Friday, May 6, 2016

Interest on Continuing Debit Balance– Notional or Real!

Over the years since the introduction of the Indian Transfer pricing regulations, the transfer pricing audits based on the experience and learnings gained have seen numerous interpretations of the provisions, thereby leading to transfer pricing adjustments. The Indian transfer pricing litigation scenario has seen the trend of adjustments shifting from mere dispute on comparable companies to larger issues such as location savings, management cross charges, intangibles, share valuations, business restructuring, etc.
One such issue being the continuing debit balance in the financials of multinational companies(MNC). Globally due to the financial exigencies, the MNCs often commercially require to defer the payables / receivables. The continuing debit balance / receivables have been treated by the tax authorities as an international transaction and thereby sought to impute arm's length interest on receivables outstanding from the associated enterprise (AE) that were not realized within the credit period.
The Section 92B of the Indian transfer pricing regulations provides the coverage of the transactions that could be treated as international transaction. Vide Finance Act 2012, a clarificatory Explanation was inserted with retrospective effect from 1 April 2002. By virtue of the said Explanation, inter alia the expression 'international transaction' included capital financing such as any type of long-term or short-term borrowing, lending or guarantee, purchase or sale of marketable securities or any type o

Changes in the Finance Bill 2016 as passed by the Lok Sabha

On May 5, 2016, the Lok Sabha passed the Finance Bill, 2016. The Bill which was presented originally in the Lok Sabha on February 29, 2016 has not been passed in its original shape. Various changes have been made in the Bill. New amendments have been proposed. Some earlier proposed amendments have been removed, so on and so forth. A snippet of some changes made in the Finance Bill, 2016 as passed by the Lok Sabha viz-a-viz the Finance Bill, 2016 presented originally in the Lok Sabha are presented hereunder.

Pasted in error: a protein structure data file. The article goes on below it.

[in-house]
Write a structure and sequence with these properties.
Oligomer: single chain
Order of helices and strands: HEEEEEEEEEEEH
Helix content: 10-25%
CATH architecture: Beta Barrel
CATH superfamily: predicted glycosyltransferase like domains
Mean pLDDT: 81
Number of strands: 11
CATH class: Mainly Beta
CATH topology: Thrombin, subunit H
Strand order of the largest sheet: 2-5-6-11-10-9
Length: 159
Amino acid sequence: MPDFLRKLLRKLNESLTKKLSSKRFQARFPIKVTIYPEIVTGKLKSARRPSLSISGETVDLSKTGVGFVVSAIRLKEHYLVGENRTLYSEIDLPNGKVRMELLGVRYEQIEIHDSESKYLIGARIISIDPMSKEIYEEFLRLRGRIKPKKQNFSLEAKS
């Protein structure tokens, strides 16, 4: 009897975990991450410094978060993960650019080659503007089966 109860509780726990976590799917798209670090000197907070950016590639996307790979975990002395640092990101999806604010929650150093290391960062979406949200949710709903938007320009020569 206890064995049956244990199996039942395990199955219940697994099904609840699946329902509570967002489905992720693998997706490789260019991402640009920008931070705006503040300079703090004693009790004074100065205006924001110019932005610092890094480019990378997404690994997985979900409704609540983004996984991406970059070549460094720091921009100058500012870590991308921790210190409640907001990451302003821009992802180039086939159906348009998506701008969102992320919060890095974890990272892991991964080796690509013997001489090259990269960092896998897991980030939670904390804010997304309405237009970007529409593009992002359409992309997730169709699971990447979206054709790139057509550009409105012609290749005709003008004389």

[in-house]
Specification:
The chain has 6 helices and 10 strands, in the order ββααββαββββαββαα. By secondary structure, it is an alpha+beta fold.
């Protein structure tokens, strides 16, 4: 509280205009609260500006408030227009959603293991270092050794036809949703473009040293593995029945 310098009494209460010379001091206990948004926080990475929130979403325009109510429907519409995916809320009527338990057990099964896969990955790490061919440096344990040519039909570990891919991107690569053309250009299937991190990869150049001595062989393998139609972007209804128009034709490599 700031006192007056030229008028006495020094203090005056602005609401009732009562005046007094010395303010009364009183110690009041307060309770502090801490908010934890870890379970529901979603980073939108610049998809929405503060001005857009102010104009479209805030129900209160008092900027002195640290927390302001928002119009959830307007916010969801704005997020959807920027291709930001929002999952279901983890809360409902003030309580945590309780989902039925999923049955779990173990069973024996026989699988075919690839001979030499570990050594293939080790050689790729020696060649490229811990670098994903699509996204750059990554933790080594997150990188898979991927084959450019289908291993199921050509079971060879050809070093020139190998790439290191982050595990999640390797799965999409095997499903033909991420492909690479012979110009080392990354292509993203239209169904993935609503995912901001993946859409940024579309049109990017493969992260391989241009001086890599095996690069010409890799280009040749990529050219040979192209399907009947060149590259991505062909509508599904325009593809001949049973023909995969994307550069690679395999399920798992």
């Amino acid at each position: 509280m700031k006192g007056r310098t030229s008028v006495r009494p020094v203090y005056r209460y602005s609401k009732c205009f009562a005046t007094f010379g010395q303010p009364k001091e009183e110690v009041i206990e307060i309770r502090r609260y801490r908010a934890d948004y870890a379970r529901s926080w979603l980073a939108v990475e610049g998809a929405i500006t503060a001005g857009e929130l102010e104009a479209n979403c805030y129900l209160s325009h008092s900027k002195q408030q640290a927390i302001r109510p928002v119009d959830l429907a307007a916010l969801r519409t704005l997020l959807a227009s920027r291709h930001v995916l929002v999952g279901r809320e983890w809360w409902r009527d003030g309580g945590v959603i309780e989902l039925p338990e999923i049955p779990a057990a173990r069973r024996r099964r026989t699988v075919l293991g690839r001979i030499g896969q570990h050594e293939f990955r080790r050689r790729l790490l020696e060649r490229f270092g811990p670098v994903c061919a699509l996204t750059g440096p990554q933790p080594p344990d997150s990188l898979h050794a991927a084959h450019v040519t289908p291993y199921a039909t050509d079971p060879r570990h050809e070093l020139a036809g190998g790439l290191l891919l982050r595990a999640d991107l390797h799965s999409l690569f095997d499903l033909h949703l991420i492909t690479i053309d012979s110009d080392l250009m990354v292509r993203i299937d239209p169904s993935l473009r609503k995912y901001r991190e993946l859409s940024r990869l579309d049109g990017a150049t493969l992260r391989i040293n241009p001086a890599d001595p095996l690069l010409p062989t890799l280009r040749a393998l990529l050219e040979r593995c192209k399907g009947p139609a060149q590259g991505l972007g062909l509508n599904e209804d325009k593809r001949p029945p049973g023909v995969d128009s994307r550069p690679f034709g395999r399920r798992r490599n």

1. The Finance Bill, 2016 as passed by the Lok Sabha inserted a new clause to provide that unlisted shares of company would be treated as short-term capital asset if it is held for a period of 24 months or less immediately preceding the date of its transfer.

2. The Finance Bill, 2016 proposed a new section 80-IAC to provide 100 percent deduction for 3 assessment years to an ‘eligible Start-up’. The ‘eligible start-up’ is defined to mean a ‘company’ engaged in an eligible business. The Finance Bill, 2016 as passed by the Lok Sabha extends the definition of ‘eligible start-up’ to include ‘LLP’.

3. The Finance Bill, 2016 had proposed an additional tax of 10% if amount of dividend received by a taxpayer exceeds Rs. 10 Lakhs. The Finance Bill, 2016 as passed by the Lok Sabha provided that aggregate amount of dividend (i.e., dividend paid or declared or distributed by one or more domestic companies) shall be considered for the limit of Rs.10 lakhs.

4. The Finance Bill, 2016 proposed that every seller of a motor vehicle shall collect TCS at the rate of 1% of value of motor car if such value exceeds ten lakh rupees. Such tax was proposed to be collected from the buyer under section 206C at the time of debiting the amount receivable or at the time of receipt, whichever happened earlier. The Finance Bill, 2016 as passed by the Lok Sabha provides that tax shall be collected under Section 206C only at the time of receipt of consideration.